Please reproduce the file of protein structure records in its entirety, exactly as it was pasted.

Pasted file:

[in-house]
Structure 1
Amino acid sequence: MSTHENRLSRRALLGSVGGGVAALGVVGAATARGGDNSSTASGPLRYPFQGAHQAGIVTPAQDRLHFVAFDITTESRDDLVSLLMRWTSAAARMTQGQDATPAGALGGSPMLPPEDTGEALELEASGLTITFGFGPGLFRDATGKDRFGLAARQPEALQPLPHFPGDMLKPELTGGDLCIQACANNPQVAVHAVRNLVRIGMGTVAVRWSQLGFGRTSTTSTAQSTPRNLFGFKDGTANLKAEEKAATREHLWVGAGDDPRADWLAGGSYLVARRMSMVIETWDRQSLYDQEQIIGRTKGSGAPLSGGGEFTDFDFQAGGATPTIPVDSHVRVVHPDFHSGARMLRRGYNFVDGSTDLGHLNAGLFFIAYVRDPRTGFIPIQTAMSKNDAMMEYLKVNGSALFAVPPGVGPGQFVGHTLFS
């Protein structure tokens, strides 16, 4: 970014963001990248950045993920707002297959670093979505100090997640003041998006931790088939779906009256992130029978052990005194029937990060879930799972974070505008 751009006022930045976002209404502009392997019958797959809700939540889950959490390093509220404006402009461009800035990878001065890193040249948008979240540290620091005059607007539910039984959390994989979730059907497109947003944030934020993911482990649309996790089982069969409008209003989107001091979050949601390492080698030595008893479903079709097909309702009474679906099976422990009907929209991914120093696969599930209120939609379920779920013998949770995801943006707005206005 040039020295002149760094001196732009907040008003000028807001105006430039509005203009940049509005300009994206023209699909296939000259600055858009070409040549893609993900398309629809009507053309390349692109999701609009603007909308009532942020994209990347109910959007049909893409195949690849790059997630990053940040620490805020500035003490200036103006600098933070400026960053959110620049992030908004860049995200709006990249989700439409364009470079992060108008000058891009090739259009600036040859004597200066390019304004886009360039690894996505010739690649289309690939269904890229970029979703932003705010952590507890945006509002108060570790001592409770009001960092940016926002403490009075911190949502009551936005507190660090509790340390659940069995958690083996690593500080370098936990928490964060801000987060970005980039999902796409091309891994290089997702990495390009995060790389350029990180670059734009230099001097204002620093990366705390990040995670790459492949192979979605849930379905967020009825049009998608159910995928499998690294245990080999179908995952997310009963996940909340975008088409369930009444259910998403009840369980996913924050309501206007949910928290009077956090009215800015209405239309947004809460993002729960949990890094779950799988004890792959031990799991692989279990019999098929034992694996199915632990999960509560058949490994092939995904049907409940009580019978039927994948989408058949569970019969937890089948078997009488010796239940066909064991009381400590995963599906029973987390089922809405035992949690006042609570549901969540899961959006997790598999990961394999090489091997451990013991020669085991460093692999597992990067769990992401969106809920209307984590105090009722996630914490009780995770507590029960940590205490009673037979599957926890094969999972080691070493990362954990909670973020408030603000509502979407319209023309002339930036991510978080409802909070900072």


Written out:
[in-house]
Structure 1
Amino acid sequence: MSTHENRLSRRALLGSVGGGVAALGVVGAATARGGDNSSTASGPLRYPFQGAHQAGIVTPAQDRLHFVAFDITTESRDDLVSLLMRWTSAAARMTQGQDATPAGALGGSPMLPPEDTGEALELEASGLTITFGFGPGLFRDATGKDRFGLAARQPEALQPLPHFPGDMLKPELTGGDLCIQACANNPQVAVHAVRNLVRIGMGTVAVRWSQLGFGRTSTTSTAQSTPRNLFGFKDGTANLKAEEKAATREHLWVGAGDDPRADWLAGGSYLVARRMSMVIETWDRQSLYDQEQIIGRTKGSGAPLSGGGEFTDFDFQAGGATPTIPVDSHVRVVHPDFHSGARMLRRGYNFVDGSTDLGHLNAGLFFIAYVRDPRTGFIPIQTAMSKNDAMMEYLKVNGSALFAVPPGVGPGQFVGHTLFS
């Protein structure tokens, strides 16, 4: 970014963001990248950045993920707002297959670093979505100090997640003041998006931790088939779906009256992130029978052990005194029937990060879930799972974070505008 751009006022930045976002209404502009392997019958797959809700939540889950959490390093509220404006402009461009800035990878001065890193040249948008979240540290620091005059607007539910039984959390994989979730059907497109947003944030934020993911482990649309996790089982069969409008209003989107001091979050949601390492080698030595008893479903079709097909309702009474679906099976422990009907929209991914120093696969599930209120939609379920779920013998949770995801943006707005206005 040039020295002149760094001196732009907040008003000028807001105006430039509005203009940049509005300009994206023209699909296939000259600055858009070409040549893609993900398309629809009507053309390349692109999701609009603007909308009532942020994209990347109910959007049909893409195949690849790059997630990053940040620490805020500035003490200036103006600098933070400026960053959110620049992030908004860049995200709006990249989700439409364009470079992060108008000058891009090739259009600036040859004597200066390019304004886009360039690894996505010739690649289309690939269904890229970029979703932003705010952590507890945006509002108060570790001592409770009001960092940016926002403490009075911190949502009551936005507190660090509790340390659940069995958690083996690593500080370098936990928490964060801000987060970005980039999902796409091309891994290089997702990495390009995060790389350029990180670059734009230099001097204002620093990366705390990040995670790459492949192979979605849930379905967020009825049009998608159910995928499998690294245990080999179908995952997310009963996940909340975008088409369930009444259910998403009840369980996913924050309501206007949910928290009077956090009215800015209405239309947004809460993002729960949990890094779950799988004890792959031990799991692989279990019999098929034992694996199915632990999960509560058949490994092939995904049907409940009580019978039927994948989408058949569970019969937890089948078997009488010796239940066909064991009381400590995963599906029973987390089922809405035992949690006042609570549901969540899961959006997790598999990961394999090489091997451990013991020669085991460093692999597992990067769990992401969106809920209307984590105090009722996630914490009780995770507590029960940590205490009673037979599957926890094969999972080691070493990362954990909670973020408030603000509502979407319209023309002339930036991510978080409802909070900072």